A research paper published by Israel’s Hebrew University reports finding “first evidence of a consensus-level attack against a major cryptocurrency.” The paper is currently pending peer review, but utilizes publicly available on-chain data and Ethereum’s open source codebase to confirm its conclusions.
The core of this paper highlights the problem that miners can change the timestamps associated with mined blocks to avoid increasing difficulty on the network. On-chain data seems to support this claim, as Aviv Yaish, one of the authors of the paper, highlighted that F2Pool’s block timestamps have been artificially altered to improve rewards.
(9/12) F2Pool’s block timestamps are artificially set 1 second earlier each time they reach a point where mining difficulty drops. F2Pool has been conducting this attack for the past two years and the evidence is hidden in plain sight! … pic.twitter.com/mDEG2UqXZh
— Aviv Yaish (@yaish_aviv) August 5, 2022
Ethereum is maintained through a Proof of Work consensus mechanism, which will transition to Proof of Stake in September of this year. However, for now, the network appears to be susceptible to attacks identified by the Hebrew University.
Consensus level attacks are referred to as Uncle Maker attacks within the whitepaper, in reference to the “uncle” block used in the exploit. Blocks in the Ethereum blockchain act as a set of records that are checked, distributed, and verified across the network. Uncle blocks are valid blocks that have been removed from the main chain, but still receive rewards.
“This attack allows an attacker to replace a competitor’s main chain block with its own block after the fact, so that miners on the replaced block lose all transaction fees for transactions contained within the block and You will be demoted from – chain.”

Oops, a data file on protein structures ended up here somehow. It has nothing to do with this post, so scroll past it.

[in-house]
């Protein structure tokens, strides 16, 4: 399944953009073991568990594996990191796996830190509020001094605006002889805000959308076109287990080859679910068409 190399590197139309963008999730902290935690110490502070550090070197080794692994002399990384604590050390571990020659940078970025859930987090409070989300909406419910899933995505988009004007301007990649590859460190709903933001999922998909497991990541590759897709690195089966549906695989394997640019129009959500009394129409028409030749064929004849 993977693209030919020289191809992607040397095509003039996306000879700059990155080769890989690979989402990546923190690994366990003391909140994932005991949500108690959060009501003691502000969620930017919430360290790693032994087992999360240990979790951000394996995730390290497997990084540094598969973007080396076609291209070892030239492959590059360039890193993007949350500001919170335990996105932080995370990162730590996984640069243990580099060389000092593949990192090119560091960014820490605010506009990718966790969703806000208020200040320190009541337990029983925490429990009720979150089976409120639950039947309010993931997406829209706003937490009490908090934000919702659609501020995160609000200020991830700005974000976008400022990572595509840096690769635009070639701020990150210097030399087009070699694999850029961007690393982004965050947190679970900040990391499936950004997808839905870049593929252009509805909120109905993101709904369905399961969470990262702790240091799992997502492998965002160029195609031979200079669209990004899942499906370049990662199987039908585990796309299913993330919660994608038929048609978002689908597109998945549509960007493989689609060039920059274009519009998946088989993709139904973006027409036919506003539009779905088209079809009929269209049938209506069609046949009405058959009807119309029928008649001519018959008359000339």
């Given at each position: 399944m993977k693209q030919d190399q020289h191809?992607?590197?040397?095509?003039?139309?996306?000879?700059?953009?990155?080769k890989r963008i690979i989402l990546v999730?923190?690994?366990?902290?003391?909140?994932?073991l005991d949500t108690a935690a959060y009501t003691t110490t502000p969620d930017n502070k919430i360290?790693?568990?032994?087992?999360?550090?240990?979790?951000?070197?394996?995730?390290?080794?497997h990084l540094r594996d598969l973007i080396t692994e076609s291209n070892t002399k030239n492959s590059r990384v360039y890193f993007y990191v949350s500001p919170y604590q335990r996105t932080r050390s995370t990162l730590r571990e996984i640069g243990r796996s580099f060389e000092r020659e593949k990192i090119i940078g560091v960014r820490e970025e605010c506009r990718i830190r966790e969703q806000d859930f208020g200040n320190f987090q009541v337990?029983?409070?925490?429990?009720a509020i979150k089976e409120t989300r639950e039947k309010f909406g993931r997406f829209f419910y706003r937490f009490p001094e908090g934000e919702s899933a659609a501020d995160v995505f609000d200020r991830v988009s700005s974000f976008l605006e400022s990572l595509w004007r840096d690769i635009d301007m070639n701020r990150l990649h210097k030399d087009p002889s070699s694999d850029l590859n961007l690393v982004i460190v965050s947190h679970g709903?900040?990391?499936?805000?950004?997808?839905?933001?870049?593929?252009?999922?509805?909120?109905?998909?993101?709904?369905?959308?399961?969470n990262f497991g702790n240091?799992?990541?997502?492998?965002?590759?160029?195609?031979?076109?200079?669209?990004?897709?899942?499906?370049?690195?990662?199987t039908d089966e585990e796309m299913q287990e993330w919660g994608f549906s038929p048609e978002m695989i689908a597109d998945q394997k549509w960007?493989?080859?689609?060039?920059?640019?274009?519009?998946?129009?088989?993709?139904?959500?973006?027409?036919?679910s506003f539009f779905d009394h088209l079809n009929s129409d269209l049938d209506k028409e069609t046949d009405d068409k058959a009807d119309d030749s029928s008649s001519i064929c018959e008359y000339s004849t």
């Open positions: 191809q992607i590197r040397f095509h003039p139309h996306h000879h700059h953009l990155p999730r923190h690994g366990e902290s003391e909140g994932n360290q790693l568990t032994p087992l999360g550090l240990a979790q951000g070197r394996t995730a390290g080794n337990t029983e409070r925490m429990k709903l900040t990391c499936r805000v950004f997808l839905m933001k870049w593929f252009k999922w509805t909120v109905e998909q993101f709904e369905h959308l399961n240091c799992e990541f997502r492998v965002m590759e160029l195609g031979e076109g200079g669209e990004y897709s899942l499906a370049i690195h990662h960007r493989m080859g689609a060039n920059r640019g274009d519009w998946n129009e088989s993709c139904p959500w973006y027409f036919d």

Miners can set block timestamps within a “some reasonable range” (usually within a few seconds). His one of the mining pools selected in the survey was F2Pool, who “for the past two years, F2Pool did not have a single block with a timestamp matching the expected result.” F2Pool is one of the largest Ethereum pools operating at a hashrate of 129 TH/s and generating around 1.5K ETH in daily rewards.
The paper also stated that F2Pool’s “founders accuse competing mining pools of attacking their own mining pools, while in reality F2Pool is attacking other mining pools.” ” emphasized.
While the financial impact of the attack has yet to be officially confirmed, CryptoSlate reached out to Yaish and said:
“For each successful attack, F2Pool earned 14% more from the block reward, plus all the transaction fees involved.
We are currently trying to provide concrete estimates for both of your questions using real world data. As soon as we have the data, it will be published!”
The Hebrew University made “specific modifications to the Ethereum protocol” and created a patch for consideration. Yaish said in a blog post that this information was “responsibly disclosed to the Ethereum Foundation” before going public.